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Meet the 2019 Chicago Brain Bee champion

One of last year’s finalists Illinois Math and Science Academy student Shouri Bochetty, on his second try, won the First Place Honors at the 2019 Chicago Brain Bee, hosted by Lake Forest College on February 9.

We caught up with Shouri after his win and got his reaction:

Q: How does it feel to win the Chicago Brain Bee on your second try?

A: I was thrilled when I won the Brain Bee competition this year. Last year, I made it to the final round but couldn’t make it to the top. I’m glad to see my hard work finally paid off. The other competitors were very strong and it was a challenge to stay on track and win. It was nice getting to see the cool research projects at Lake Forest College and meeting so many like-minded people. I enjoyed looking at the brain and was happy to be able to hold it and look at the different sections live.

Q: Why did you want to participate in the Bee?

A: I have been fascinated by the brain and how it works ever since I was 10-years-old. The puzzling mystery of how such a small organ can do so many tasks intrigues me. My cousin, who’s a doctor, inspired me to work in neurology in the future. My first experience with neuroscience was going to the hospital with her and seeing all of the doctors, patients, and all the amazing technologies. Since then, I would always ask her questions about the brain. From there, I started reading and watching videos about the brain. I wanted to participate in the Brain Bee because of my interest in the subject and wanting to hone my knowledge even further.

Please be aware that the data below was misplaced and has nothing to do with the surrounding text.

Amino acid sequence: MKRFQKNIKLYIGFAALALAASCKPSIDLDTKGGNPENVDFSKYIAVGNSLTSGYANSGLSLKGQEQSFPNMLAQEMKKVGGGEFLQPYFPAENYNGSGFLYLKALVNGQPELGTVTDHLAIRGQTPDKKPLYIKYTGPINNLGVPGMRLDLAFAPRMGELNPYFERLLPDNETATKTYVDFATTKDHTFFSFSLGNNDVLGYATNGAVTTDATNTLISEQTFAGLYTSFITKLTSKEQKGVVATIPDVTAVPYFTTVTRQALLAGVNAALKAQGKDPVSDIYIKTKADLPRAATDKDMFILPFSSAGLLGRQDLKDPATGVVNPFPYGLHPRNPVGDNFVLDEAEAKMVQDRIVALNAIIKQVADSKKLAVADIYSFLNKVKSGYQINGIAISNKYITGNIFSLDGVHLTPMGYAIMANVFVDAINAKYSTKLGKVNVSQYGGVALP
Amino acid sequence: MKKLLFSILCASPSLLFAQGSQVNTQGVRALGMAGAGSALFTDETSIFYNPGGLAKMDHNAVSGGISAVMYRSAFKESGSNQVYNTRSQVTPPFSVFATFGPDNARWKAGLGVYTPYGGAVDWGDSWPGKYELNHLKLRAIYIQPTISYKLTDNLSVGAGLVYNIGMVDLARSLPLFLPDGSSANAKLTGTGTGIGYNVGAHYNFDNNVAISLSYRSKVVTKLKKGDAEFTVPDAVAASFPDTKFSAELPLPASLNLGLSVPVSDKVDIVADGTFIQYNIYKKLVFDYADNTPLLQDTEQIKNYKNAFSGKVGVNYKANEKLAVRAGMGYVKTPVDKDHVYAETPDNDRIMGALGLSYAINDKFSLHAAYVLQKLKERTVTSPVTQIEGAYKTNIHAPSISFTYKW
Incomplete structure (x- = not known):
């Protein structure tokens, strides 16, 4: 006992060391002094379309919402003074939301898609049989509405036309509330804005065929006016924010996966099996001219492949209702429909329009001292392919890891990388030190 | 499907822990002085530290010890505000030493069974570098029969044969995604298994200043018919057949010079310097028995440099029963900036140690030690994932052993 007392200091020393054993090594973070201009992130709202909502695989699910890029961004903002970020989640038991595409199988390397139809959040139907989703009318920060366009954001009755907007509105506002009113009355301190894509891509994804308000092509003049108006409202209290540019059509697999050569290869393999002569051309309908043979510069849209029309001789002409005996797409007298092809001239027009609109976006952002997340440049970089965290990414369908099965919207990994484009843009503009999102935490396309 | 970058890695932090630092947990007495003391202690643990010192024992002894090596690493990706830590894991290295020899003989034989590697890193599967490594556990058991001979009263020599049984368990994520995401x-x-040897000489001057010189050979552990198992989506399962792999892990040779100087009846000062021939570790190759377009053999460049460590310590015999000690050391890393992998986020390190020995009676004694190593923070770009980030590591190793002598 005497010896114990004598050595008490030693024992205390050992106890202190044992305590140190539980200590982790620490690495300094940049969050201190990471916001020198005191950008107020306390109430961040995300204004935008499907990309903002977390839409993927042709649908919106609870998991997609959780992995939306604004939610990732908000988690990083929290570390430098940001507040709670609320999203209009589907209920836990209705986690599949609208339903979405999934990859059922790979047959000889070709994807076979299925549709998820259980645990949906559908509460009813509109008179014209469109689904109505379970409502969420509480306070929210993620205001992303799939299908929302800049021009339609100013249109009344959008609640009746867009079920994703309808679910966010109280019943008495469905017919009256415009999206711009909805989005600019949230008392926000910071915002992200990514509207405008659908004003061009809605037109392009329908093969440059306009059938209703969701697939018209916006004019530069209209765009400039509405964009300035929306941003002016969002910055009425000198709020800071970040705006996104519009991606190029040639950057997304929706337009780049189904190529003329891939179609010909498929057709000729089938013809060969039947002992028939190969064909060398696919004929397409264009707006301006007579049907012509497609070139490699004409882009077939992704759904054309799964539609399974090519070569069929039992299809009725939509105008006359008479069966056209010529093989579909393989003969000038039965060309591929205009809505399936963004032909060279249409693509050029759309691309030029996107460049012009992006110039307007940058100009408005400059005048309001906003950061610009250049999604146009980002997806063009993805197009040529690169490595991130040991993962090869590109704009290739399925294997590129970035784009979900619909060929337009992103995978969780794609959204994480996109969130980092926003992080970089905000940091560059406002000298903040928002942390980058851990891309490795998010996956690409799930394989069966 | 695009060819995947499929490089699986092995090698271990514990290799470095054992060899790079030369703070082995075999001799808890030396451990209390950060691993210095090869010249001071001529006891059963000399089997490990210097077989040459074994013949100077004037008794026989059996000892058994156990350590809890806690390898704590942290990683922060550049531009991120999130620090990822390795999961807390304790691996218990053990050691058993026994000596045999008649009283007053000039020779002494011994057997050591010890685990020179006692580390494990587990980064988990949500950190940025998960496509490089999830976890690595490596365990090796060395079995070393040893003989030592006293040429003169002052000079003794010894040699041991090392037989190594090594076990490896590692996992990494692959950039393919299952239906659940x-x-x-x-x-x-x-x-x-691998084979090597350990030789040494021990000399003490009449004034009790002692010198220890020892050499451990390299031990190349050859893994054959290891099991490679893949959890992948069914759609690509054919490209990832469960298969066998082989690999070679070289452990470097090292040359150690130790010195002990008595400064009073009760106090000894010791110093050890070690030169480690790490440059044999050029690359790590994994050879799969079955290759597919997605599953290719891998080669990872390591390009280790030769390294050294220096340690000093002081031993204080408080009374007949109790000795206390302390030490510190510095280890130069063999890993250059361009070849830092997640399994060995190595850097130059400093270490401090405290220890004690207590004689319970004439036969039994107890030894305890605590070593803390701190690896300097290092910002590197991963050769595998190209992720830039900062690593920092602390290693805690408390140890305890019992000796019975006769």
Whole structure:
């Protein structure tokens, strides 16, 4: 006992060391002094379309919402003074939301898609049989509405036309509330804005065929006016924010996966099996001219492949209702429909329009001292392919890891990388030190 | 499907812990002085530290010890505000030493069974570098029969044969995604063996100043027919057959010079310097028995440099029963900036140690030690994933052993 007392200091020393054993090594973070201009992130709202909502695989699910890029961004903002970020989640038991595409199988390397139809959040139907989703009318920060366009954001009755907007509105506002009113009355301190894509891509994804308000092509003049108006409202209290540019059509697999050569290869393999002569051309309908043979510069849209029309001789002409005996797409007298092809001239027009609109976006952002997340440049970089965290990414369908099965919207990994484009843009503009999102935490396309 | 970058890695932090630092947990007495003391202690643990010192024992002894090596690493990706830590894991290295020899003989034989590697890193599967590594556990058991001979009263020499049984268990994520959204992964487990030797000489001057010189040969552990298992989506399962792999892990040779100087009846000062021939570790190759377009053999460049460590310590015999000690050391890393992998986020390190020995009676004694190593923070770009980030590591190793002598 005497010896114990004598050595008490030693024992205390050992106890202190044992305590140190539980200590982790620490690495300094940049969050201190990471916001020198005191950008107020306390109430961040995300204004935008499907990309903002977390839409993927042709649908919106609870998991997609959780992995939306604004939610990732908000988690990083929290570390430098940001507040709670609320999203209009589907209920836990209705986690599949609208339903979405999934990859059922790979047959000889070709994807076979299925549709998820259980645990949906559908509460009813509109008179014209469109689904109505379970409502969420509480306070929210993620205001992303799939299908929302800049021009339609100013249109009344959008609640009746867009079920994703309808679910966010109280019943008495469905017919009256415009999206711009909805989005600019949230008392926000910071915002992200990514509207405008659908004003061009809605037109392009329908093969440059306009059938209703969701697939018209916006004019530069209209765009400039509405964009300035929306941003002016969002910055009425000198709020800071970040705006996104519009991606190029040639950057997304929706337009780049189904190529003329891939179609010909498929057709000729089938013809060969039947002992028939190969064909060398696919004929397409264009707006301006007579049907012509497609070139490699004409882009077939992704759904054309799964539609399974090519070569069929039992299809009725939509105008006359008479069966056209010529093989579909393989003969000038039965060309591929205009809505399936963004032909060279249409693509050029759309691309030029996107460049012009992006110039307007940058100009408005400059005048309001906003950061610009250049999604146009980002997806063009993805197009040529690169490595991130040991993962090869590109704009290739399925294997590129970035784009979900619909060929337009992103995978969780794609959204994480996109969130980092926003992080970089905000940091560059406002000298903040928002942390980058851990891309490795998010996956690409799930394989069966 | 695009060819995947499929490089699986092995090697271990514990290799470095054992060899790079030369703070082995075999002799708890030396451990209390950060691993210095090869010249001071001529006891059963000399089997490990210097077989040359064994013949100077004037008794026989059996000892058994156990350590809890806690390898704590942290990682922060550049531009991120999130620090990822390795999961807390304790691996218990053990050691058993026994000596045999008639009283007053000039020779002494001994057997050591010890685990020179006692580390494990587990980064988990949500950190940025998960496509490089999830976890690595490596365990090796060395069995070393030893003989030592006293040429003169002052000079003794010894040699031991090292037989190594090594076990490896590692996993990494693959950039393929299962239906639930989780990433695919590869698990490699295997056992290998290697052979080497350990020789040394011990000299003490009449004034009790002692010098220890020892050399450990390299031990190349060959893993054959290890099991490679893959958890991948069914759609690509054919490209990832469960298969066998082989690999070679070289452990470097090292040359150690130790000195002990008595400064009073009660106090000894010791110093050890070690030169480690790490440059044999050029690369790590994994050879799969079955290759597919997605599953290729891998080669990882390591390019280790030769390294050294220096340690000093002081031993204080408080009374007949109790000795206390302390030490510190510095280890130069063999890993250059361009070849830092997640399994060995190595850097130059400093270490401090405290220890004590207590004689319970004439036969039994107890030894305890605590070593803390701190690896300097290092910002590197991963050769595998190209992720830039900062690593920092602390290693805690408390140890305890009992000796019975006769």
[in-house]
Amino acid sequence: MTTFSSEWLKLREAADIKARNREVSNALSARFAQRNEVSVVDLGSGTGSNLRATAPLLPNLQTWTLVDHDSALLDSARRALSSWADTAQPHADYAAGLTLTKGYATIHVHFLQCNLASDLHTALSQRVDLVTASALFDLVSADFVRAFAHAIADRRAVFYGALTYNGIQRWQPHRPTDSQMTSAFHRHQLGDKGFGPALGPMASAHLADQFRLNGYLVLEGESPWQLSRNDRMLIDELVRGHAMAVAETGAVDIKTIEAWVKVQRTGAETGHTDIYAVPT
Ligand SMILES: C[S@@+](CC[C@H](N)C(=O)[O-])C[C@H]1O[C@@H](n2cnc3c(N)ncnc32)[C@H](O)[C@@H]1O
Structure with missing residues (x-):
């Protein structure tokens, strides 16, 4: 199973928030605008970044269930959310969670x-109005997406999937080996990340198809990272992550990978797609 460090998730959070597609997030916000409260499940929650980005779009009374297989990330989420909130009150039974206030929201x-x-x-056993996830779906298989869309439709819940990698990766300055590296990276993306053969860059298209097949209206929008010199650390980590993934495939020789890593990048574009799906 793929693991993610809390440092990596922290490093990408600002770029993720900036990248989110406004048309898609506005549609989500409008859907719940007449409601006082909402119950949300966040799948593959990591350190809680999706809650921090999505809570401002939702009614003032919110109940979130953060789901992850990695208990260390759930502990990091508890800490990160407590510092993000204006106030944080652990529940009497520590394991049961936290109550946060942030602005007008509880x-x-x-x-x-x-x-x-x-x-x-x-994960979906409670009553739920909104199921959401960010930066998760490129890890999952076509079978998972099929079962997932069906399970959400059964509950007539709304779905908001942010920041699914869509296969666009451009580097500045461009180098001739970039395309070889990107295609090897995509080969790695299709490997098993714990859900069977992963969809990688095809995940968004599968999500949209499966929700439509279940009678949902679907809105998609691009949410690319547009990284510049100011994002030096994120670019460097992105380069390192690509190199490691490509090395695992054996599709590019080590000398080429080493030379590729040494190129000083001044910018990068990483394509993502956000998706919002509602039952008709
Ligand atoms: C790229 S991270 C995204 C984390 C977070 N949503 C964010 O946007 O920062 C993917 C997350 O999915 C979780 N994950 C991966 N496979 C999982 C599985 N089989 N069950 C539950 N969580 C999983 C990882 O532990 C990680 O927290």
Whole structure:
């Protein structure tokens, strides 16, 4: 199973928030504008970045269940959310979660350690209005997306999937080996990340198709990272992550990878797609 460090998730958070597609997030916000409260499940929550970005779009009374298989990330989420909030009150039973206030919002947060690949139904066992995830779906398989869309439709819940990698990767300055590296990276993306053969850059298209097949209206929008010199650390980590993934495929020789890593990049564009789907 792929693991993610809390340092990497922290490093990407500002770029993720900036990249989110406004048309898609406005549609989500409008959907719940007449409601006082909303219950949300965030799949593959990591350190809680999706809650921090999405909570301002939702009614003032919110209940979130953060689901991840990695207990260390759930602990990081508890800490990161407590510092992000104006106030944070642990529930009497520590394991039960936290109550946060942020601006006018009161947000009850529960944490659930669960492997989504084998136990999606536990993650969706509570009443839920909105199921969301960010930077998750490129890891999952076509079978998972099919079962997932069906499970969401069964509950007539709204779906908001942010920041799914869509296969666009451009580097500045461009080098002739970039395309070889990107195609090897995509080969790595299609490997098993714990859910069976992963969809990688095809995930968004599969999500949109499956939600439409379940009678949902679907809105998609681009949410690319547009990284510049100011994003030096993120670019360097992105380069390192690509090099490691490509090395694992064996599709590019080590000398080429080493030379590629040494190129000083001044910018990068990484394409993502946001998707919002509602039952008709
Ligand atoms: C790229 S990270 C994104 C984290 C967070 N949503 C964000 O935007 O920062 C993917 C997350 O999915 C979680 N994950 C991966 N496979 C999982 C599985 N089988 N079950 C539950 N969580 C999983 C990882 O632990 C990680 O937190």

Q: How did you prepare for the Bee?

A: Initially, I read books and watched videos about the basic structure of the brain to get myself familiarized with it. Also, I read Brain Facts and created a page of notes per chapter. I found it helpful to go to brainfacts.org and read about a concept that I did not understand in the Brain Facts Book.

Q: What do you plan to study in college? Do you have plans for a specific future profession?

A: In college, I would like to study neurology. Specifically, I would like to study neurodegenerative diseases, since my grandfather passed away with one such disease. I would also like to have some clinical experience as well as doing research on modeling malfunctioning pathways in neurodegenerative diseases.

Q: What advice do you have for high school (and even middle school) students who wish to participate in the Bee?

A: My best advice would be to start preparing long before competition day. Brain Facts takes a decent amount of time to go through because it is difficult to understand. I would also suggest that you make your preparation more enjoyable. For me personally, watching lots of videos and just Googling a topic about neuroscience made my preparation more fun. Learning about the brain can be a very rigorous task, as there is so much information. However, if you stay determined, you will be surprised at how much you can learn. My final piece of advice would be to ask for help if you do not understand the material that you are reading. I cannot stress how much this helped me and how much more I learned.